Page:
Nov. 16—As the coronavirus comes roaring back, California hospitals are bracing for a surge of patients and urging people not to gather over the Thanksgiving holiday in a bid to keep already worrisome numbers from soaring even higher.
Across the state, more than 4,000 people with either suspected or confirmed cases of the coronavirus are hospitalized. And while that's roughly half the number who were hospitalized during a summer spike in July, it's still a dramatic jump from last month when hospitalizations hovered around 3,000.
"Generally speaking right now, we have capacity," said Jan Emerson-Shea with the California Hospital Association. "But it's certainly fluid."
In the Bay Area, more than 400 people were in hospitals as of late last week with COVID-19. And while local hospitals say they're prepared, numbers are rising. Regional Medical Center in San Jose had 30 patients, up from 18 the previous week. Across town, Good Samaritan had 10 patients up from just two the week before. Santa Clara County's system — Santa Clara Valley Medical Center, O'Connor Hospital and St. Louise Regional Hospital — reached 35 patients, up from just 15 in late October.
"Overall our system is feeling prepared," said spokesperson Joy Alexiou, "but there are concerns about facing a significant and extraordinary surge that would result in exceeding the planned surge capacity for all hospitals within Santa Clara County and the Bay Area."
Stanford Health Care, which had 15 coronavirus patients, is "seeing an increase in COVID-19 testing samples and positivity," said spokesperson Julie Greicius.
In the East Bay, John Muir Health is "seeing a gradual rise in the number of cases and hospitalizations," said spokesperson Ben Drew, but "it has not been a sharp spike so far."
Still, with flu season and holiday gatherings looming, hospitals are gearing up. But where hospitals slapped up tents in the spring and summer to triage COVID-19 patients, wintry weather makes that process more difficult now.
At their Concord and Walnut Creek facilities, John Muir is setting up generator-powered mobile trailers equipped with heating and air conditioning.
"This will ensure we can maintain proper social distancing and keep patients protected from the elements this winter," Drew said.
The Walnut Creek trailer will serve as an auxiliary Emergency Room waiting room. The Concord unit will have a nurse station, exam areas, gurneys, chairs and other equipment to care for "low-acuity patients during a surge," Drew said. "This allows for more room to treat sicker patients in the ER."
Some other parts of the state are faring worse. In Imperial County along the southern border, the state's coronavirus hospital dashboard said Friday that it had zero ICU beds available. It's not the first time the region has hit capacity. Over the summer, Bay Area hospitals like UCSF and Stanford accepted transfer patients from the county, something that could happen again.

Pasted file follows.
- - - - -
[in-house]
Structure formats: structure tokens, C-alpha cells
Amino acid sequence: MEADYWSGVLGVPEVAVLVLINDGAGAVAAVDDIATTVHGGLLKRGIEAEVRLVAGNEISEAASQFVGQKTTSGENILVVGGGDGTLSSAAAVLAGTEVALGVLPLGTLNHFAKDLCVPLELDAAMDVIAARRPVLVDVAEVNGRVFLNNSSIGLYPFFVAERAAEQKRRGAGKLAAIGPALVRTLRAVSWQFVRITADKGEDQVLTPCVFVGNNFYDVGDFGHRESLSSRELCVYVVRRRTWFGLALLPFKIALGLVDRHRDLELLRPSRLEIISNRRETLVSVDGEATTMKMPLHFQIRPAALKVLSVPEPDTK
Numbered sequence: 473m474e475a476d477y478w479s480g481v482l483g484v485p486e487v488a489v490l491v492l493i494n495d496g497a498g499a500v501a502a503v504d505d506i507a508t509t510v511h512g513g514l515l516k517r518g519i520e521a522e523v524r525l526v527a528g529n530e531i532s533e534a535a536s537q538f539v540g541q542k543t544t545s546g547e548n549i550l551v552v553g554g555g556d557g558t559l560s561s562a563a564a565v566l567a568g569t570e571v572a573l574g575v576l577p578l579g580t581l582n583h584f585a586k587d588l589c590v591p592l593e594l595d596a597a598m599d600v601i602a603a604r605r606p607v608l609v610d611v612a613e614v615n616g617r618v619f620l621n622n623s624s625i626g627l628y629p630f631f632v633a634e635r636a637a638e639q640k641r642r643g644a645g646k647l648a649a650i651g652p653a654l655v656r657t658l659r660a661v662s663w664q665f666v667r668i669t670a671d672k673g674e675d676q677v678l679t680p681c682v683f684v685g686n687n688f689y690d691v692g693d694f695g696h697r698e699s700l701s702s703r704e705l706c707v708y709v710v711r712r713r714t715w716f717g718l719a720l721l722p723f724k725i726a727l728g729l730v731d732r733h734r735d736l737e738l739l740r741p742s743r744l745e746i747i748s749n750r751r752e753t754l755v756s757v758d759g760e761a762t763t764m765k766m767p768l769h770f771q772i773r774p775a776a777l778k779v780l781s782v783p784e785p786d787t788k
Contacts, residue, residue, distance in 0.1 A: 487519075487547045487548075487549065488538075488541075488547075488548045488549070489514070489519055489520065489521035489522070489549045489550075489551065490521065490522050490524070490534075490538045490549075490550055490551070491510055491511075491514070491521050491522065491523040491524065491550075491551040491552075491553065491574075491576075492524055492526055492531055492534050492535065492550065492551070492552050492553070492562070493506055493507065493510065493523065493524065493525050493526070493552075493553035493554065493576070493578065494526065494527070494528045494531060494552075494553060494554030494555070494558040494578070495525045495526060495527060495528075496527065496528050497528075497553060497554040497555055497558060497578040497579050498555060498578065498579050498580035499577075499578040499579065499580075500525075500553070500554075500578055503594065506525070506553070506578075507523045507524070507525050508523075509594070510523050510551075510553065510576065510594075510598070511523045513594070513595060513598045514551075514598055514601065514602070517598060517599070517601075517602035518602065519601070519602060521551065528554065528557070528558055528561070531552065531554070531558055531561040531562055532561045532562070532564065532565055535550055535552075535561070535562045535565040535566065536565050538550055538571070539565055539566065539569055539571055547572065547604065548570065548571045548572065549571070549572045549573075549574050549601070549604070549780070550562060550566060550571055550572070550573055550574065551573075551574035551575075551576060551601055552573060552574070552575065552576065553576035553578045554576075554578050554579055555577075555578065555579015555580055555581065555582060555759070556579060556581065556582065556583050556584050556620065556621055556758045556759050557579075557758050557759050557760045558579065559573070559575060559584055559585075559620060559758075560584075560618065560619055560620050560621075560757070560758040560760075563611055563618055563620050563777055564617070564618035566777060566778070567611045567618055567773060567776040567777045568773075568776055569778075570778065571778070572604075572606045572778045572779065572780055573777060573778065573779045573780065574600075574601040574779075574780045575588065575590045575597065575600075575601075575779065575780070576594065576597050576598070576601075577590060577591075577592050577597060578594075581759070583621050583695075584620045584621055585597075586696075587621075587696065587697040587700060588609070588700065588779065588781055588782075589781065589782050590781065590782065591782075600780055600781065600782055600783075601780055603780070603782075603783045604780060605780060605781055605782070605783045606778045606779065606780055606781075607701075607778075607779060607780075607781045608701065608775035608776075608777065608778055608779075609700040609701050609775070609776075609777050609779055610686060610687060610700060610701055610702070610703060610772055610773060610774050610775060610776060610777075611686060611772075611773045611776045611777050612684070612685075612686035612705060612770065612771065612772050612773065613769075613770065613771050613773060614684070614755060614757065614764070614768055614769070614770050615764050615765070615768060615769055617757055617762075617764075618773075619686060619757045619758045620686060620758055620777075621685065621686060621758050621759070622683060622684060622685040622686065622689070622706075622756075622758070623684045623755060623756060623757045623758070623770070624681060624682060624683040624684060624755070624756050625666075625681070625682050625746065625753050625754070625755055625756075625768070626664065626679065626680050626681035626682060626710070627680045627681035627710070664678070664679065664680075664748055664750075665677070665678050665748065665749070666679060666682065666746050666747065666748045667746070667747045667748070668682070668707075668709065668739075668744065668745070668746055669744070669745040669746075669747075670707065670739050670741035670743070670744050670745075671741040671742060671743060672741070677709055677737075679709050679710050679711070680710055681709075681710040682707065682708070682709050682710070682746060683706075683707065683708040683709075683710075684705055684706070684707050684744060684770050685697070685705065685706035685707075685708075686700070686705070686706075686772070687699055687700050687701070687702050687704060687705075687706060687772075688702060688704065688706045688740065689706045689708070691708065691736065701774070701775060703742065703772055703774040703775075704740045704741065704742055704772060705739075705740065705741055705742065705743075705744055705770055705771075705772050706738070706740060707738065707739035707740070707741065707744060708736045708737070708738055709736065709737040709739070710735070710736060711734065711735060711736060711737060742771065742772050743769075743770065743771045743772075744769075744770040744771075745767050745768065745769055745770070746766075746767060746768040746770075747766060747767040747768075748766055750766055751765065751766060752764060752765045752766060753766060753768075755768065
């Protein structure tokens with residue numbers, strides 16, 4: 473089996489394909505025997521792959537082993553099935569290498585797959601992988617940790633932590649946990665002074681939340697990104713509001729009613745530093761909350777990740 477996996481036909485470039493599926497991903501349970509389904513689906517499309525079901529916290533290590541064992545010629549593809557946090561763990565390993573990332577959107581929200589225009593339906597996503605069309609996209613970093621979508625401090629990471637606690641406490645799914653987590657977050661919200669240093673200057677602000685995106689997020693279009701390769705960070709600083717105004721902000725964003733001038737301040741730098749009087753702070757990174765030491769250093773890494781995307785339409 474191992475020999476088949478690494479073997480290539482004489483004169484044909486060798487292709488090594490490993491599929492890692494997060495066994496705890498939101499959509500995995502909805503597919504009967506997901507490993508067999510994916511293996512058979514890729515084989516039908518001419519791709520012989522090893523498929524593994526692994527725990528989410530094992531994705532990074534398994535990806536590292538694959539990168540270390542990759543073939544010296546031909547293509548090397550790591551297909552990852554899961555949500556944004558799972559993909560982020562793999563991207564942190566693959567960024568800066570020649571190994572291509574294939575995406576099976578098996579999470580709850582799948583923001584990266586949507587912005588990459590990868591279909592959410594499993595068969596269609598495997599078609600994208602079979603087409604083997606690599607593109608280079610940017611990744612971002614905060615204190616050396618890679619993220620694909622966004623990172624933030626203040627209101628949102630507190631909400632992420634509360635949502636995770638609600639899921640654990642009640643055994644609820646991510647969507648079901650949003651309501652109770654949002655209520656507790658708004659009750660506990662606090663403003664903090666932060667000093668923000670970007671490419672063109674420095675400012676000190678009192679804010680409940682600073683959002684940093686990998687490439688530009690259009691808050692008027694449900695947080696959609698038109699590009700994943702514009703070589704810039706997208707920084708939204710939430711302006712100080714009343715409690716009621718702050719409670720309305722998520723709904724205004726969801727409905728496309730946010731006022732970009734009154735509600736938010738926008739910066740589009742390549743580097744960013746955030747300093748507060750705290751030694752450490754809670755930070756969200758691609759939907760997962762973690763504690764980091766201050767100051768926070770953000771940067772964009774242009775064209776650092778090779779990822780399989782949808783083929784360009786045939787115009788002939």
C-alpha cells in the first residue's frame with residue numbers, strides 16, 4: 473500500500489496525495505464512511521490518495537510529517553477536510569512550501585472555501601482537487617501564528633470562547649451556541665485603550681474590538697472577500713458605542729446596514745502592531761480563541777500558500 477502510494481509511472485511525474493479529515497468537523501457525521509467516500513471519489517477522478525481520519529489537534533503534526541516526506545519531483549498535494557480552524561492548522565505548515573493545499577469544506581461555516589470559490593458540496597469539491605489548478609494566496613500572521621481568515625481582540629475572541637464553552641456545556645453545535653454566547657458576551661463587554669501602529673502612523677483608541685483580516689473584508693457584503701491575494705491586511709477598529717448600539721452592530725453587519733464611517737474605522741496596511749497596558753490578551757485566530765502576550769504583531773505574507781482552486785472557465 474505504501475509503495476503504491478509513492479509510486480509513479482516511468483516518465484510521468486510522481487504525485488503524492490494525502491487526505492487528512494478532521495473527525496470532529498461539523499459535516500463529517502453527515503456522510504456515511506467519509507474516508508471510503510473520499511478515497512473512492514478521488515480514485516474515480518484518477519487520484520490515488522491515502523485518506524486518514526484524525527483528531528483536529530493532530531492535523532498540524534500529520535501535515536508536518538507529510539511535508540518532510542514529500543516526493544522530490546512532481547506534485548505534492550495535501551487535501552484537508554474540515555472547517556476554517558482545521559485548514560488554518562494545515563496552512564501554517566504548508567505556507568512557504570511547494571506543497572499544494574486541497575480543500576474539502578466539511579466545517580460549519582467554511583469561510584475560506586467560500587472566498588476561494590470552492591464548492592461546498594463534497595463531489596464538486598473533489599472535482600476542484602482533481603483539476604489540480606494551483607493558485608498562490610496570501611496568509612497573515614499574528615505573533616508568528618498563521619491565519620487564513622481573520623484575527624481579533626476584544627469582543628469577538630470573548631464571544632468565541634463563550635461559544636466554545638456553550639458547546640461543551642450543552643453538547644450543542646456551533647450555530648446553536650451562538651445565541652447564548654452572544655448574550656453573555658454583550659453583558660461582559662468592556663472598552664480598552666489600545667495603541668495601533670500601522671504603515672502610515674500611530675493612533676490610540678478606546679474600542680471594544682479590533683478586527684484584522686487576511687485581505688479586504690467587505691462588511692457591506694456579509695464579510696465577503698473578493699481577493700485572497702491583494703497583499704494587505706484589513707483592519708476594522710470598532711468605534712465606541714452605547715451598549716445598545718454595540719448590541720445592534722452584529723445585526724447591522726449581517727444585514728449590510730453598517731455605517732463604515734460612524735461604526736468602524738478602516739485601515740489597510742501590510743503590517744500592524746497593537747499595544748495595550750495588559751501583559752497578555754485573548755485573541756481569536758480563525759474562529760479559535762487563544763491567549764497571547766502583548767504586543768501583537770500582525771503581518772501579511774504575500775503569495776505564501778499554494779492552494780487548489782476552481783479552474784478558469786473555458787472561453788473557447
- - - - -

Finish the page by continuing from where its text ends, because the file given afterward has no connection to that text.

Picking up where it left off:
Space isn't the only issue. Staffing is also a hurdle. Like anyone else, nurses come down with the flu, so hospitals across the state regularly rely on traveling nurses to help out when those on staff get ill and can't come to work. And while the Bay Area has traditionally been a desirable location because of its relatively balmy winter weather, with the coronavirus spreading out of control across the country, there's growing demand for traveling nurses all over.
"Now other states are drawing upon the same pool," Emerson-Shea said. "'I think staffing issues are going to be a real challenge going forward."
Sophia Morris, vice president of account management at San Diego-based Aya Healthcare, said the company is seeing more demand for traveling nurses than she's ever seen in her 15 years in the industry.
In California, the company is fielding requests to fill around 2,200 positions, including in the Bay Area, compared to 1,000-1,500 in a regular winter.
"That's been slowly increasing every week," Morris said, adding that there is an urgent need in El Centro in Imperial County.
And pay has been increasing here to compete with hot spots across the country in places like Michigan and Illinois, where nurses can earn up to $6,000 a week.
"Is the supply equaling the demand?" Morris said. "No."
Toward the start of the pandemic, the state's public health department waived nurse-to-patient ratio regulations, so a single nurse could care for more patients than in the past (the actual numbers vary depending on the type of ward). That waiver expired over the summer, but now the hospital association is urging the state to reinstate it.
And while hospital systems from UCSF — which has actually bucked the statewide increase and seen a decline to around 10 hospitalized patients from more than 30 in September — to Kaiser insist that they've stockpiled adequate personal protective equipment like masks and gloves, the association is still concerned about the supply chain for that and testing equipment, like pipettes.
"There are still serious issues," Emerson-Shea said. "This is an ongoing problem nationwide and globally."
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